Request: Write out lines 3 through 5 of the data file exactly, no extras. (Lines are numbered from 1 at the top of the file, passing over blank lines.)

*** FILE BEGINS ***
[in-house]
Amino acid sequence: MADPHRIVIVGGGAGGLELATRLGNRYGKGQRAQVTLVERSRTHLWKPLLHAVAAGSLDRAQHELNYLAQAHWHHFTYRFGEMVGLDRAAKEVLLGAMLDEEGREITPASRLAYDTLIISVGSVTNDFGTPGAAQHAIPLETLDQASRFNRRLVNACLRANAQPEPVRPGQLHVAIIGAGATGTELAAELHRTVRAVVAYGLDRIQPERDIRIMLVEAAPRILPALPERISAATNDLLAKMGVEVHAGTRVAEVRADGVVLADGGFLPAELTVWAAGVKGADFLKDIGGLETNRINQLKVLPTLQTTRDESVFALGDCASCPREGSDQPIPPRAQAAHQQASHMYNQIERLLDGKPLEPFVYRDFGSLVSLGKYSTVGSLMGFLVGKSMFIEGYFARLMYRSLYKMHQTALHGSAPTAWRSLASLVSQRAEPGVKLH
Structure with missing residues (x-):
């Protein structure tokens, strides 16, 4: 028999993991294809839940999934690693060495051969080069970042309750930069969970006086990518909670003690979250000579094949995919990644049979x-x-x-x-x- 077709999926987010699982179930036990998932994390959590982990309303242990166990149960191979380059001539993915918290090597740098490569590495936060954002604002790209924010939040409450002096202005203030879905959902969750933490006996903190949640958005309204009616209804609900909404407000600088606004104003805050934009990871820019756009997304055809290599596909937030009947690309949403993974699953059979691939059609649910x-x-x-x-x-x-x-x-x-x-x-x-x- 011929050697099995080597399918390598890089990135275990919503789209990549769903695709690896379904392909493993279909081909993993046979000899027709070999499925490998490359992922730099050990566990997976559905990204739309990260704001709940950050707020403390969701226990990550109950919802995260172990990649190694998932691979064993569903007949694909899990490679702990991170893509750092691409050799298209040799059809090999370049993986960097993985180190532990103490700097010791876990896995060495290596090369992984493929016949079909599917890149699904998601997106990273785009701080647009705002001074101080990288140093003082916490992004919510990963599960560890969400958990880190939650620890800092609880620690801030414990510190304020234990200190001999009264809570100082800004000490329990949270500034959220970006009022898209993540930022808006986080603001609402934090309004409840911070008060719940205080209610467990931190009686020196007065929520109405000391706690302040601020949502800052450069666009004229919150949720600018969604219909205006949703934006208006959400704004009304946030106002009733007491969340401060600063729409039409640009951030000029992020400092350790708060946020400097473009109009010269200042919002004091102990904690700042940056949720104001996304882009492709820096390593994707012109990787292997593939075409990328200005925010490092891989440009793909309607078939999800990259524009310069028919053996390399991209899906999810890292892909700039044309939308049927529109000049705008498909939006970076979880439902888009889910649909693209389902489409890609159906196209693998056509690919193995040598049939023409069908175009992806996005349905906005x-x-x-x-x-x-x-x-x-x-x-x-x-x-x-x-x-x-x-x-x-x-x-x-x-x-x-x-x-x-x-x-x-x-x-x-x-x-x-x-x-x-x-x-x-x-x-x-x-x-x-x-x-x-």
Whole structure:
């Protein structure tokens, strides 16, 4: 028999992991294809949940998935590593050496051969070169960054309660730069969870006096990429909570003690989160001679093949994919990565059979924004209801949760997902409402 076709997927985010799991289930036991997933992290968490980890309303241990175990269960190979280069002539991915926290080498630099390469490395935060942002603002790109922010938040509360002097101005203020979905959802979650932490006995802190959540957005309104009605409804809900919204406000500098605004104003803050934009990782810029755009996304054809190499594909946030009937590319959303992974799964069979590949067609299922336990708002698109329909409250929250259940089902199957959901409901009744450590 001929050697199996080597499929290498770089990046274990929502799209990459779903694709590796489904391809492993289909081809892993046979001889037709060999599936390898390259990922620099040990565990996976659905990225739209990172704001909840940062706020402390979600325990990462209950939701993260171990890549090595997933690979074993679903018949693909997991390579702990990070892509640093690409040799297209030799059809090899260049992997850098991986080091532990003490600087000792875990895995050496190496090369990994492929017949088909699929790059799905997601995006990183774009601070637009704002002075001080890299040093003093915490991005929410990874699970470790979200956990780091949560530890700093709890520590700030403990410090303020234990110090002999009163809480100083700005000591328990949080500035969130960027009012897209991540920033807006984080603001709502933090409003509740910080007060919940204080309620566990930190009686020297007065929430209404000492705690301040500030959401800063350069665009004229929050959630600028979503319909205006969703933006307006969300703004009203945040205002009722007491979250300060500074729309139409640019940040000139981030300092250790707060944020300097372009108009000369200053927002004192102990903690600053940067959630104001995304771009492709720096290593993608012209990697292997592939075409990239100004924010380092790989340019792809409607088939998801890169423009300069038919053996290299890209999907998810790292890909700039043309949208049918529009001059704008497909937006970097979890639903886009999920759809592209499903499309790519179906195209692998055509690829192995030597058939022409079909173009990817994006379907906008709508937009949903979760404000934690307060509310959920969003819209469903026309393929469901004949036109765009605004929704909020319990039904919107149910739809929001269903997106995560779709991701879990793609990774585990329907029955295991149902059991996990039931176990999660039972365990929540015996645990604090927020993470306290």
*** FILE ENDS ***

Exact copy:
Structure with missing residues (x-):
């Protein structure tokens, strides 16, 4: 028999993991294809839940999934690693060495051969080069970042309750930069969970006086990518909670003690979250000579094949995919990644049979x-x-x-x-x- 077709999926987010699982179930036990998932994390959590982990309303242990166990149960191979380059001539993915918290090597740098490569590495936060954002604002790209924010939040409450002096202005203030879905959902969750933490006996903190949640958005309204009616209804609900909404407000600088606004104003805050934009990871820019756009997304055809290599596909937030009947690309949403993974699953059979691939059609649910x-x-x-x-x-x-x-x-x-x-x-x-x- 011929050697099995080597399918390598890089990135275990919503789209990549769903695709690896379904392909493993279909081909993993046979000899027709070999499925490998490359992922730099050990566990997976559905990204739309990260704001709940950050707020403390969701226990990550109950919802995260172990990649190694998932691979064993569903007949694909899990490679702990991170893509750092691409050799298209040799059809090999370049993986960097993985180190532990103490700097010791876990896995060495290596090369992984493929016949079909599917890149699904998601997106990273785009701080647009705002001074101080990288140093003082916490992004919510990963599960560890969400958990880190939650620890800092609880620690801030414990510190304020234990200190001999009264809570100082800004000490329990949270500034959220970006009022898209993540930022808006986080603001609402934090309004409840911070008060719940205080209610467990931190009686020196007065929520109405000391706690302040601020949502800052450069666009004229919150949720600018969604219909205006949703934006208006959400704004009304946030106002009733007491969340401060600063729409039409640009951030000029992020400092350790708060946020400097473009109009010269200042919002004091102990904690700042940056949720104001996304882009492709820096390593994707012109990787292997593939075409990328200005925010490092891989440009793909309607078939999800990259524009310069028919053996390399991209899906999810890292892909700039044309939308049927529109000049705008498909939006970076979880439902888009889910649909693209389902489409890609159906196209693998056509690919193995040598049939023409069908175009992806996005349905906005x-x-x-x-x-x-x-x-x-x-x-x-x-x-x-x-x-x-x-x-x-x-x-x-x-x-x-x-x-x-x-x-x-x-x-x-x-x-x-x-x-x-x-x-x-x-x-x-x-x-x-x-x-x-």
Whole structure: